What is ‘doxing’? One out of every seven Spaniards has suffered it by online dating


9 percent suffered 'doxing'  when meeting people online.

9 percent suffered ‘doxing’ when meeting people online.
SHUTTERSTOCK

In recent years digitization has changed the way people interact, including their way of flirting. In some countries, dating apps are already the most popular way to meet and, in the same way, communication between modern couples is no longer understood without social networks.

However, this reality has other side of the coin and the collection and public exposure of personal data (also known as’doxing‘) has become a major concern in the digital world. This is shown by a new study, which analyzes the Top Threats and Fears Users Face When Dating Online.

According to this document, one in seven Spanish users has been subjected to ‘doxing’ (seeing how documents or personal information were stolen) when they flirted online and 67 percent of those surveyed say they are afraid of being harassed by someone they have met ‘online’. This is one of the direct consequences of this practice, which has as purpose “to intimidate, humiliate or threaten” the victims.

Information Caution

Sharing too much personal information on dating apps and social media can lead to big problems down the road. Users leave a vast trail of identifying information online and These data can be collected and used by these cybercriminals, known in this case as ‘doxers’.

The access of these malicious users to personal data such as address, workplace, name or telephone number, among others, increases the risks of transferring threats from the ‘online’ world to the physical world. For instance, one in seven Spanish respondents (14%) admits to having been ‘doxed’. In addition, an additional 9 percent suffered ‘doxing’ when meeting people online, but being unfamiliar with the concept did not recognize it as such.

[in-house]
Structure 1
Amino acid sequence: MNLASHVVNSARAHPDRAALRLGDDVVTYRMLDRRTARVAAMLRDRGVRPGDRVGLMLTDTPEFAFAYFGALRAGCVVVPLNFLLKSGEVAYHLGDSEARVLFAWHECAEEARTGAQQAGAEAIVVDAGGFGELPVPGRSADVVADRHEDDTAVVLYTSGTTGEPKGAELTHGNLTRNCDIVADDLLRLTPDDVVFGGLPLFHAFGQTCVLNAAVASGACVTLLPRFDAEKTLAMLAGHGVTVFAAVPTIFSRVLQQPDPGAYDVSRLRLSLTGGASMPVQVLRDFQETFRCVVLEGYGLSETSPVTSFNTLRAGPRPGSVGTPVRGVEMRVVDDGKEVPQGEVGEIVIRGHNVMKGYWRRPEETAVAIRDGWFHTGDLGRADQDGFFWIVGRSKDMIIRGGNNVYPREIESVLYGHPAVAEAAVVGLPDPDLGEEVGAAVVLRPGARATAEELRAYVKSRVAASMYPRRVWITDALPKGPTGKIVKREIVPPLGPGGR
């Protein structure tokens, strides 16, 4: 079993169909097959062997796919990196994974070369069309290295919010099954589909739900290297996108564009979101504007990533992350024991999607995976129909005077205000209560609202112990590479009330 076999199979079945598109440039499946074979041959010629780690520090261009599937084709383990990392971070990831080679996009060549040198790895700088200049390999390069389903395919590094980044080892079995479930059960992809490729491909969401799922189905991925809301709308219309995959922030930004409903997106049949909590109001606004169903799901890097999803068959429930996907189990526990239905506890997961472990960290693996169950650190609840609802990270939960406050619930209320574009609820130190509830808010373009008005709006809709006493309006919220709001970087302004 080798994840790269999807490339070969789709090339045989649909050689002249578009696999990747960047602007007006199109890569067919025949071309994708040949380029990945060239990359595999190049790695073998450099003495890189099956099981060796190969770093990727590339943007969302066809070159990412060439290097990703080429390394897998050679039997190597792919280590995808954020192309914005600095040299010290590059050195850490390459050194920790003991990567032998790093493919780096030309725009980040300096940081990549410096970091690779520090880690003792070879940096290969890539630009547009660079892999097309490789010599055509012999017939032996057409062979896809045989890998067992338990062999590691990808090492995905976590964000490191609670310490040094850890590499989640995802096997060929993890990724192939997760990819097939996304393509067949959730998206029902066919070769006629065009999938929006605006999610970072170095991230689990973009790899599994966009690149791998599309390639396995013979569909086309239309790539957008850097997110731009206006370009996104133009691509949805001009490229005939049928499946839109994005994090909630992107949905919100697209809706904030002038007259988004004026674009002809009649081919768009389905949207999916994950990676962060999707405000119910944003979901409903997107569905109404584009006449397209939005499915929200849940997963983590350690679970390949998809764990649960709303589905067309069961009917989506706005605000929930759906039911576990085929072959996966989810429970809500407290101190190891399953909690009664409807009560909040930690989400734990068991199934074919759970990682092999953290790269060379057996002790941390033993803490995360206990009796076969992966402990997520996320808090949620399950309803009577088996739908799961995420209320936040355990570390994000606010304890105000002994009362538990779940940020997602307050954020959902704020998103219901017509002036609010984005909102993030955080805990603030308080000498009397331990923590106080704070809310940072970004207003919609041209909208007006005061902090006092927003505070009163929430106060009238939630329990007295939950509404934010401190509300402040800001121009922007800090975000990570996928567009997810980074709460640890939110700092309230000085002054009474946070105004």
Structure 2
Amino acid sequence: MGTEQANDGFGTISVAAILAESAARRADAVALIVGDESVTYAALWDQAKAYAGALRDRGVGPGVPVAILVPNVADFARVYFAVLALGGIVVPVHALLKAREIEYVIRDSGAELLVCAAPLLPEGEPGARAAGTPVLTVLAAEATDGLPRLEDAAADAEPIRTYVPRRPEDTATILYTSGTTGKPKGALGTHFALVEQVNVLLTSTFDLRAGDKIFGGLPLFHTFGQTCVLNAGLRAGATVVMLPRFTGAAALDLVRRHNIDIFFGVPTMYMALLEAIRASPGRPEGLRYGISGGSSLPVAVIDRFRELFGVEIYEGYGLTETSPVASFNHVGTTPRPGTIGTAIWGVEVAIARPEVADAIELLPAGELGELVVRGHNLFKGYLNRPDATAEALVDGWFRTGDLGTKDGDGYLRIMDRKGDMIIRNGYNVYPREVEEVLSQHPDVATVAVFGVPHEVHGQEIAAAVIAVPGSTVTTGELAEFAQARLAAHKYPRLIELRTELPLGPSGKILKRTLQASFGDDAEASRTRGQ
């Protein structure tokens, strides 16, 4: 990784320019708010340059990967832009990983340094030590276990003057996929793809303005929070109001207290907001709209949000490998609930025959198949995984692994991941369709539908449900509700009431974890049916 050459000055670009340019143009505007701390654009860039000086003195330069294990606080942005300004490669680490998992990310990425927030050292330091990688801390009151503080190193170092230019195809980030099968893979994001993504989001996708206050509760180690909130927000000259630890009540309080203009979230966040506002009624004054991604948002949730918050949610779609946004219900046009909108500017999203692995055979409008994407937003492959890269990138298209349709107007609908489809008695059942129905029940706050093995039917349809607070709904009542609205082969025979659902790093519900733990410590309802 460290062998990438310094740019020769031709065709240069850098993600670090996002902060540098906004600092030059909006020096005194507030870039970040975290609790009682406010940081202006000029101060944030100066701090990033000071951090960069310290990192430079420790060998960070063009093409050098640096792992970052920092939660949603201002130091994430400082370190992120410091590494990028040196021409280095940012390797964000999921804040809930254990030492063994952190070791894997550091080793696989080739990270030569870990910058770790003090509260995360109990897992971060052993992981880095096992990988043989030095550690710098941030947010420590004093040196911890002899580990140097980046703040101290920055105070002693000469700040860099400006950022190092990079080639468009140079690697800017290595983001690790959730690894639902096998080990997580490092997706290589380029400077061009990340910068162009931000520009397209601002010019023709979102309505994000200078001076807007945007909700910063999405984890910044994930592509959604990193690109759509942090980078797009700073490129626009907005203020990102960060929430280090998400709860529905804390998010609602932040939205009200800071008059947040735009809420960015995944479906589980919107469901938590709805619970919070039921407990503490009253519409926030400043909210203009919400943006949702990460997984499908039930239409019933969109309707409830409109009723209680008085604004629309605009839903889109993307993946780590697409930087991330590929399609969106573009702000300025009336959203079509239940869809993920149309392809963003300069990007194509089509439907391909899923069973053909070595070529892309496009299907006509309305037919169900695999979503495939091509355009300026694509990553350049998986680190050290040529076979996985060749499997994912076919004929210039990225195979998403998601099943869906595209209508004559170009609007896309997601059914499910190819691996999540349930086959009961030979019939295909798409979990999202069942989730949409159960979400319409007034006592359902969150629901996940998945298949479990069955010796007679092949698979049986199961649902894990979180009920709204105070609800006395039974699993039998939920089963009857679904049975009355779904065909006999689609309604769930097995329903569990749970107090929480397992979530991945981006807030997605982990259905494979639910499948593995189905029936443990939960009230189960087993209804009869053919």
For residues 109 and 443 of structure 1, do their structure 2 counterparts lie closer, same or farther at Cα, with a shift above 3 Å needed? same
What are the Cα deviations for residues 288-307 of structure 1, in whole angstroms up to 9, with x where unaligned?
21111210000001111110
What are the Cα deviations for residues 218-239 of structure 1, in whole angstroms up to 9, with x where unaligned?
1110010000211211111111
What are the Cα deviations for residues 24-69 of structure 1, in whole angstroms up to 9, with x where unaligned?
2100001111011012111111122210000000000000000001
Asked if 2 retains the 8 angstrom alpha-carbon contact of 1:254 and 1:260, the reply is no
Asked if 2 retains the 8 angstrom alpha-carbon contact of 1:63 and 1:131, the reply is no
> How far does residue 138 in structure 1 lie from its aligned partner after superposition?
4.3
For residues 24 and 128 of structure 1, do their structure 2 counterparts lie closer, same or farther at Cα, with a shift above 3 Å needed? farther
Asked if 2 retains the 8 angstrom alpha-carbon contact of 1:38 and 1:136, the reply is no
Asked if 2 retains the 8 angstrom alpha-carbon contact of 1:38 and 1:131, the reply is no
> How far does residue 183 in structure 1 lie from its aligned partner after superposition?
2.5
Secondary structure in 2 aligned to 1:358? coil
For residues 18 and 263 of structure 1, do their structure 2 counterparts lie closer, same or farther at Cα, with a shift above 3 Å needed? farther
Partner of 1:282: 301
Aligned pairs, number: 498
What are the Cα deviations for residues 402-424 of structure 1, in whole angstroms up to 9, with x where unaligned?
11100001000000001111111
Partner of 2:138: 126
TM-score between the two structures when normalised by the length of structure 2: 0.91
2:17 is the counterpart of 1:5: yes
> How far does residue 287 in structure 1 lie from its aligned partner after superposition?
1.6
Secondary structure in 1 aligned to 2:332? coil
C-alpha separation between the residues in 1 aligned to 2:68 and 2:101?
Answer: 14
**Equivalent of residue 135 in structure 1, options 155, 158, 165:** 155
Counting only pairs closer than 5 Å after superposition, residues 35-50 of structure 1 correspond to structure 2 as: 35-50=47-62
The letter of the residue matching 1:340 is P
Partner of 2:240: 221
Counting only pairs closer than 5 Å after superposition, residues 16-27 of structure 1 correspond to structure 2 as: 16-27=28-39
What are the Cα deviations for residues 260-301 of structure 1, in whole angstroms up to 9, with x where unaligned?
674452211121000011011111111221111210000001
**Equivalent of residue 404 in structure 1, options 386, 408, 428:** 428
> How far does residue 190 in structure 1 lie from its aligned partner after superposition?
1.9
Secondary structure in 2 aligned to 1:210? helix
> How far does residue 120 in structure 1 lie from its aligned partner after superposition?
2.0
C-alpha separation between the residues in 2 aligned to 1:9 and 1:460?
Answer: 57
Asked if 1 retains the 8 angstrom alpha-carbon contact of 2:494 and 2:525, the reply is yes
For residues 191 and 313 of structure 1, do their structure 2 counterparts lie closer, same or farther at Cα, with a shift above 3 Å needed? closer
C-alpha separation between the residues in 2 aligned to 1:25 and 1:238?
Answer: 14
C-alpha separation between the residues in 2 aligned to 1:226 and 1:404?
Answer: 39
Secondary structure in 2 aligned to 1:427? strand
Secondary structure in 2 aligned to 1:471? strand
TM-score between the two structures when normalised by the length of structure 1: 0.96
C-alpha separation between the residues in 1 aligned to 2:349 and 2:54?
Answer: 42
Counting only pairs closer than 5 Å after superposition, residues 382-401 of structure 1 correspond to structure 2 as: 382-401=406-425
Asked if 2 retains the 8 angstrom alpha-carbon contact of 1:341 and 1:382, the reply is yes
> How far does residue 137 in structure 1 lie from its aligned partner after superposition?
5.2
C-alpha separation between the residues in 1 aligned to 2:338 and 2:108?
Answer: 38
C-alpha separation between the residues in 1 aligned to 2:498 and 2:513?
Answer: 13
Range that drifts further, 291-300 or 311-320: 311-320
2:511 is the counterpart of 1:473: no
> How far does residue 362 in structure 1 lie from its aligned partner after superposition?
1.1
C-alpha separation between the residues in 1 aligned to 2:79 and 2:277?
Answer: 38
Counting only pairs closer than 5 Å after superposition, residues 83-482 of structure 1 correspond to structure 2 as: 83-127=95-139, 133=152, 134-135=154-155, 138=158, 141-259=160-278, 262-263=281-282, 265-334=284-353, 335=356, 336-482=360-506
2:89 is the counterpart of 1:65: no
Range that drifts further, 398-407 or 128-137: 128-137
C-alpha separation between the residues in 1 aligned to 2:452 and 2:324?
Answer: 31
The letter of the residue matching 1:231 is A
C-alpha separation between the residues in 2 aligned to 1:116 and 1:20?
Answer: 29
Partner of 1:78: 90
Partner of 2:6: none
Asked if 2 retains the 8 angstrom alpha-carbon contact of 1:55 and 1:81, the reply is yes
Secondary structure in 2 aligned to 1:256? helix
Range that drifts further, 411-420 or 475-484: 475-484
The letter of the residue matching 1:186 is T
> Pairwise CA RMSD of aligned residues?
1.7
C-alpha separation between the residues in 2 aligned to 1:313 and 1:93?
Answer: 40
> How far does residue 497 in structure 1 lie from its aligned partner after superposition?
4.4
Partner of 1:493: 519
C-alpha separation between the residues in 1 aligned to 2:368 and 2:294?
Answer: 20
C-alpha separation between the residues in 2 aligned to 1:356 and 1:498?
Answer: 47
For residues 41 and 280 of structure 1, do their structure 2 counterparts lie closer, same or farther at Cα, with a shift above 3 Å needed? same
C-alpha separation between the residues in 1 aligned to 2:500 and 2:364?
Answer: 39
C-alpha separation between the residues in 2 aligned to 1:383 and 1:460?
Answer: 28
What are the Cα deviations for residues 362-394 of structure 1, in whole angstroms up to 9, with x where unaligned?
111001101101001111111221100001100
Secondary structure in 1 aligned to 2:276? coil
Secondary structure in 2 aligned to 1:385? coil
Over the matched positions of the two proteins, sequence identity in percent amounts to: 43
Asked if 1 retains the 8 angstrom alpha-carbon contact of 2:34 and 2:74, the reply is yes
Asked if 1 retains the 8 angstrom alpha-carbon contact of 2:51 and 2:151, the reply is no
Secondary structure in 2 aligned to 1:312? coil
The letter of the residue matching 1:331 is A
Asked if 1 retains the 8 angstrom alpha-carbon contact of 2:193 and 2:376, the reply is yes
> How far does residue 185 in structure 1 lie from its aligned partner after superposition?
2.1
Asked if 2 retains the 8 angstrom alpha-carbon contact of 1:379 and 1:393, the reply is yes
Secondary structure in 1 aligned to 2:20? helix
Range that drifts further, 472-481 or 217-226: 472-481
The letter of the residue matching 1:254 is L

The research also reveals more details about the privacy threats users face when dating online. Thus, 37 percent of those interviewed admit that, while communicating ‘online’, their partner shared screenshots of their conversation without their consent, threatened them with personal information that they found ‘online’, leaked their intimate photos or harassed them in real life, which is also a direct consequence of ‘doxing’.

Harassment with unmatched people

The most widespread problem is cyber bullying: 17 percent of those surveyed admit that they have been harassed in social media by a person with whom you did not ‘match’. “Social media and dating apps have made flirting a lot easier. You may find the love of your life ‘online’, but unfortunately there are also ‘bots’ and scammers looking for prey on dating platforms,” ​​he warns Anna Larkina, Security Expert at Kaspersky.

In this sense, recommends “remember the basic rules of digital privacy”. “To have a safe ‘online’ appointment, I recommend not sharing personally identifiable information, such as phone number, location, home or work address, etc. Preventing threats at such an early stage will allow you to enjoy the dating ‘online’ without any fear, “adds the cybersecurity expert.

The survey leaves other worrying data: 11 percent say a person they ‘matched’ with publicly shared screenshots of their conversations; and 8 percent say that their date ‘online’ sought their personal information to threaten them. 6 percent have seen how they have shared their intimate photos ‘online’ and 9 percent have suffered harassment in their real life by someone they rejected in a dating ‘app’.

To keep personal information protected, it is recommended to handle private data ‘online’ responsibly, always check the permission settings in the applications that are used -to minimize the probability that your data will be shared or stored by third parties- and use two-factor authentication.

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